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|Coordinates: 34°54′N 138°57′E / 34.900°N 138.950°E|
|Location||Shizuoka Prefecture, Japan|
|• Total||1,421.24 square kilometres (548.74 sq mi)|
( Mount Amagi)
|1,406 metres (4,613 ft)|
The Izu peninsula (伊豆半島, Izu-hantō) is a large mountainous peninsula with a deeply indented coastline to the west of Tokyo on the Pacific coast of the island of Honshu, Japan. Formerly known as Izu Province, Izu peninsula is now a part of Shizuoka Prefecture. The peninsula has an area of 1,421.24 km2 (548.74 sq mi) and its estimated population in 2005 was 473,942 people. The peninsula’s populated areas are located primarily on the north and east.
Tectonically, the Izu peninsula results from the Philippine Sea Plate colliding with the Okhotsk Plate at the Nankai Trough. The Philippine Sea Plate, the Amurian Plate, and the Okhotsk Plate meet at Mount Fuji, a triple junction. The peninsula itself lies on the Philippine Sea Plate.
The southern portion of the peninsula is composed largely of breccia, and the central and northern portions consist of numerous highly eroded volcanoes. The Amagi Mountain Range dominates the center of the peninsula with Mount Amagi (1,406 metres (4,613 ft)) and Mount Atami (773 metres (2,536 ft)) in the east and Mount Daruma (982 metres (3,222 ft)) in the west, with the eastern and western portions of the range extending underwater into Sagami Bay and Suruga Bay. The peninsula's major river, the Kano River in the north, flows through a graben valley created by plate tectonics.
As a result of its underlying geology, the peninsula is prone to frequent earthquake swarms and tsunamis, and it abounds in hot springs.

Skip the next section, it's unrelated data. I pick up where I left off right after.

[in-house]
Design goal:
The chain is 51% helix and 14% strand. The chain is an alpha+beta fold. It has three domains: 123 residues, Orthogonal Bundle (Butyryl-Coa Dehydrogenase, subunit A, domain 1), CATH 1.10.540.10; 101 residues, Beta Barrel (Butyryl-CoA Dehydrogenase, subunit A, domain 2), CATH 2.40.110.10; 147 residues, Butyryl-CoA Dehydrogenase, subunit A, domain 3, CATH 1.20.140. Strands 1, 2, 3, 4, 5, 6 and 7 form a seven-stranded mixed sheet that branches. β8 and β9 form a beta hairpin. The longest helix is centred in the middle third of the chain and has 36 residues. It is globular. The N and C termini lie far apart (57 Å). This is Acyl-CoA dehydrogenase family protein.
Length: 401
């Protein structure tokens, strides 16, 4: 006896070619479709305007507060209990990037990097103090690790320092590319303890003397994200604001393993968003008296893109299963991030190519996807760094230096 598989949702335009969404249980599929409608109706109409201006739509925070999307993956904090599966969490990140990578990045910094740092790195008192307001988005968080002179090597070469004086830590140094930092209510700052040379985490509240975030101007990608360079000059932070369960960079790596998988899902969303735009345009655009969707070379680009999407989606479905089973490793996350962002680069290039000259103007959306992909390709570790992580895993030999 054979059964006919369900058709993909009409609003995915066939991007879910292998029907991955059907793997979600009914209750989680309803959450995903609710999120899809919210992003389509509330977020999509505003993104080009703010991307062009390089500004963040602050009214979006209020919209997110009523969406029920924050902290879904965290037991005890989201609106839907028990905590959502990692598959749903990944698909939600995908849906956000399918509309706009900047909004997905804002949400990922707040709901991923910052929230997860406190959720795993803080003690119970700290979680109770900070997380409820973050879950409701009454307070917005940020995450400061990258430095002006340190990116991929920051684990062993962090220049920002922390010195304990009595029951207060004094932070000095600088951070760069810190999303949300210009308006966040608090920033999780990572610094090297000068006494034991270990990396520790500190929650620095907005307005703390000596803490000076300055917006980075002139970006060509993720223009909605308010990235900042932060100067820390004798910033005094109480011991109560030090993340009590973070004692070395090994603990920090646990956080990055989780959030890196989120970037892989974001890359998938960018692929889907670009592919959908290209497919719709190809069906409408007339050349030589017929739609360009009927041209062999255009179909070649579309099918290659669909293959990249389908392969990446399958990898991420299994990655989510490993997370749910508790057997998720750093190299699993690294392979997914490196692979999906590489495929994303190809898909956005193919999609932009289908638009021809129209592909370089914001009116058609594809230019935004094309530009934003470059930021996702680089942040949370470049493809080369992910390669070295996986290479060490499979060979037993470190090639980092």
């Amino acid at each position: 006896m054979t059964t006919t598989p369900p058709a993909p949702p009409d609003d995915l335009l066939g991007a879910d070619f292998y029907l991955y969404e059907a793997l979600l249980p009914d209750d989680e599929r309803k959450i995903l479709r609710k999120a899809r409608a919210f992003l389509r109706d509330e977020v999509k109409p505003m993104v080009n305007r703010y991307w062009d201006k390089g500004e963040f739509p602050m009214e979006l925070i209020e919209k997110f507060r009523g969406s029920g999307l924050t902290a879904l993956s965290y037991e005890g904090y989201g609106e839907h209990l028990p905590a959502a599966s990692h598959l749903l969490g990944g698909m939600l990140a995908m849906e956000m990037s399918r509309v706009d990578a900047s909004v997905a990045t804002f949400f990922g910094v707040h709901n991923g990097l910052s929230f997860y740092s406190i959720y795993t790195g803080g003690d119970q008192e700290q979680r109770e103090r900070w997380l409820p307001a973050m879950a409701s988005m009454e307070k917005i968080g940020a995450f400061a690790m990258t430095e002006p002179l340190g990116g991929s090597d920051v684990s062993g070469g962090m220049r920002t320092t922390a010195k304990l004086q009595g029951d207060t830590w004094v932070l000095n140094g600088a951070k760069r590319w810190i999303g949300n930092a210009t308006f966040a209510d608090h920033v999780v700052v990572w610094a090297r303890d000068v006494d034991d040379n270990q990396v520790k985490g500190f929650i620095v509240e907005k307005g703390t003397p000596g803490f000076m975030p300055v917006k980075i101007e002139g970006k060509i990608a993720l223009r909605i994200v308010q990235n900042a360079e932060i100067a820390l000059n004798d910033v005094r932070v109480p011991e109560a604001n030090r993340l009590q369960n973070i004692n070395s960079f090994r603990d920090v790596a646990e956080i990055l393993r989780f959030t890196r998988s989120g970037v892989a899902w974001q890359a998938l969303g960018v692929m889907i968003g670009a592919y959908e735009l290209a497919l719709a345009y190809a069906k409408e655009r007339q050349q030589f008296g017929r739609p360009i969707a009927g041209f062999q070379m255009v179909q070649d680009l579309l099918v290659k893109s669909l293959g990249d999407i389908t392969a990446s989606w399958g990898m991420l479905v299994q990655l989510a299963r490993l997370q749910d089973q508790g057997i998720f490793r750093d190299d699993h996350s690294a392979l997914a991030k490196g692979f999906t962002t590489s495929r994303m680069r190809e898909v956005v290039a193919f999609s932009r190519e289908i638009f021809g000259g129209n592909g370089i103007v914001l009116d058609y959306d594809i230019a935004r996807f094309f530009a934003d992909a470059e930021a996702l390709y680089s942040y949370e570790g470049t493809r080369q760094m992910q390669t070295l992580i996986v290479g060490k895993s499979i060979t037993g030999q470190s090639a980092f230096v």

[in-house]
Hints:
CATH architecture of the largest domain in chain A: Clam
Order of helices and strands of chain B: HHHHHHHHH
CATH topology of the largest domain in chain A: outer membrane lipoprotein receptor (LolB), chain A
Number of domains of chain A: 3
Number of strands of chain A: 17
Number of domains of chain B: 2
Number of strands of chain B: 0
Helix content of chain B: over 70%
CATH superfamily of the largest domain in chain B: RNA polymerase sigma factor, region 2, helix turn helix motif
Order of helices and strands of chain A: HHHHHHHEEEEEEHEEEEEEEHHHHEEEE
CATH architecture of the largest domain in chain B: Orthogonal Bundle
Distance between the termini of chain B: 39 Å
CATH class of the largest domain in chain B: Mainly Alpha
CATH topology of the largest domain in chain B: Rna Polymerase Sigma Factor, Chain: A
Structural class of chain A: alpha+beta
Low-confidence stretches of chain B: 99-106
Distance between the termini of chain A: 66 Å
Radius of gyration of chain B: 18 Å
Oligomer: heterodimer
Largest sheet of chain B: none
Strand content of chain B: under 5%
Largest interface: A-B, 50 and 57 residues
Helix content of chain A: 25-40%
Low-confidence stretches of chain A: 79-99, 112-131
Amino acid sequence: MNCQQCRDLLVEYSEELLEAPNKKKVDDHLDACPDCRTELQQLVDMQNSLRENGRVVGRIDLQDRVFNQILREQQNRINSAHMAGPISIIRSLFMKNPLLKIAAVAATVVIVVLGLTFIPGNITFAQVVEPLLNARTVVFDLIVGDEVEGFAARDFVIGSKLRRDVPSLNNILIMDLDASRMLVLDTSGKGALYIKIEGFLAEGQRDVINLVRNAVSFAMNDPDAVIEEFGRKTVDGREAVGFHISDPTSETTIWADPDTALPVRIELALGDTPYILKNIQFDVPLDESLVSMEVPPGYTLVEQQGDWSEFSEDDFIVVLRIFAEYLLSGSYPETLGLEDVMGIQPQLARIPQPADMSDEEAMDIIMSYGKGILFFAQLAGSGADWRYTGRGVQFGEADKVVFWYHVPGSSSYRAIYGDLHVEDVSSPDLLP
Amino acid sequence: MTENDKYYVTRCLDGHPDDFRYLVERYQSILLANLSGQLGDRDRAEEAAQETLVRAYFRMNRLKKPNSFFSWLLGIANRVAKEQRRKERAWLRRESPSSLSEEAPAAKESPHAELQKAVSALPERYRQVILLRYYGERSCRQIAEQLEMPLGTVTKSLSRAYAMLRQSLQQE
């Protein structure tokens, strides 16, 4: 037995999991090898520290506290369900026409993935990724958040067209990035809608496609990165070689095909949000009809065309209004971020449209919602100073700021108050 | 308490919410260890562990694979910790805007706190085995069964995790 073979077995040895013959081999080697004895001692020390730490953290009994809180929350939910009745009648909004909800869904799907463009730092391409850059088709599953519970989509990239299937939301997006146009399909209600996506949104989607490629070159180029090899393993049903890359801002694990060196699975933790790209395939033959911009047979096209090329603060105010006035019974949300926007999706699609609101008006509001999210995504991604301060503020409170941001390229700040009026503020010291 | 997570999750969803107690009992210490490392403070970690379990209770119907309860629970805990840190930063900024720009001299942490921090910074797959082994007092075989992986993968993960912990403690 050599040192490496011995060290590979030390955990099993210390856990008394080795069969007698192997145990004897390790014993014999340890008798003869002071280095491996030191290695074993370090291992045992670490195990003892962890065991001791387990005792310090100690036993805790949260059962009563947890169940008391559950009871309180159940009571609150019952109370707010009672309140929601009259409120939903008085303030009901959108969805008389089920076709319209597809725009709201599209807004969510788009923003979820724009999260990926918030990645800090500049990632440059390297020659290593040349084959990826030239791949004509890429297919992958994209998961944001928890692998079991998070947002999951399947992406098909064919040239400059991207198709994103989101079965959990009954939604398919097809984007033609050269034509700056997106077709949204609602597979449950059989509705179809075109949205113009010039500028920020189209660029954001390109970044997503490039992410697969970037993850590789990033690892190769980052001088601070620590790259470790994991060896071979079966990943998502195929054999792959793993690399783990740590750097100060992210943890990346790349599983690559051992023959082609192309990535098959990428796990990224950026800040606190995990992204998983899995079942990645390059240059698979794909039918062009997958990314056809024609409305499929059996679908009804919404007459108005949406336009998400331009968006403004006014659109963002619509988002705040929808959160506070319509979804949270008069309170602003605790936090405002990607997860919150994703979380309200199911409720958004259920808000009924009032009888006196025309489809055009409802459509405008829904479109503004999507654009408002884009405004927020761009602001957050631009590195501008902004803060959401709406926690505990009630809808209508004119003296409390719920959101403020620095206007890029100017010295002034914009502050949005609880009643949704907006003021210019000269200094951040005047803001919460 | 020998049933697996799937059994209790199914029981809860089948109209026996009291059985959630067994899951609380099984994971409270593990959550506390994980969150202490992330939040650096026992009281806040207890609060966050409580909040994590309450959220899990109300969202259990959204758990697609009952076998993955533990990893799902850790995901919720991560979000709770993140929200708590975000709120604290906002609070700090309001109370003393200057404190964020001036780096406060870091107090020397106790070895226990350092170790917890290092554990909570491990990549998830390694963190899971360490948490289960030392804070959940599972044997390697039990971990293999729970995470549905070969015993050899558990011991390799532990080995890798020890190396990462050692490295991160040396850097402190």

All of Izu Peninsula is within Shizuoka Prefecture. It is administratively divided into eight cities and five towns:[ citation needed]
A popular resort region for tourists from the Kantō region, the Izu peninsula is primarily known for onsen hot spring resorts in Atami, Shuzenji, and Itō. The area is also popular for sea bathing, surfing, golfing and motorcycle touring. The peninsula abuts Mount Fuji and is a part of Fuji-Hakone-Izu National Park.
The southwest coast of Izu, from the municipalities of Matsuzaki, Nishiizu and Minamiizu was designated a National Place of Scenic Beauty in 1937. 
Aside from tourism, agriculture and fishing are the mainstays of the local economy. Izu is one of the biggest producers of wasabi in Japan, and the local cuisine offers dishes flavored with wasabi. Nevertheless, these industries are not lucrative enough to prevent a heavy loss of population to Greater Tokyo and Shizuoka, particularly among the young.
The northern parts of Izu peninsula is easily accessible from Tokyo and points west via the Tōkaidō Shinkansen, which has stations in both Atami in the northeast and Mishima in the northwest. JR Itō Line and the Izu Kyūkō Line provides service along the east coast of the peninsula to Shimoda, however given the lack of population, these services are less regular.
Central Izu is served by the Sunzu Line as far as Shuzenji. The west coast of the peninsula is less developed, and has no train service.
Izu Peninsula is served by numerous expressways. By car, it is 103.3 km (64.2 mi) from the Yōga Interchange (用賀インター Yōga Intā) on the Tokyo end of the Tōmei Expressway to Numazu. To get to the eastern side, a branch at Atsugi leads to the Odawara-Atsugi Road, which continues past Odawara to Yugawara, Atami, and Shimoda. Izu Peninsula is also served by Japan National Route 135, Japan National Route 136, and Japan National Route 414. Izu also offers two scenic roads, called " Izu Skyline" (伊豆スカイライン) and " Western Izu Skyline" (西伊豆スカイライン）that offer beautiful views on nature and Mt. Fuji. Both skyline roads are favorite spots of car and motorcycle enthusiasts.
The Odakyu Electric Railway runs local bus services from Odawara and Hakone, and there is an extensive but infrequent internal bus network.
On August 12, 1985, Flight JAL 123, while crossing peninsular airspace, experienced an explosion in the aft pressure bulkhead, resulting in an accident that killed 520 people, becoming one of the deadliest air disasters in human history.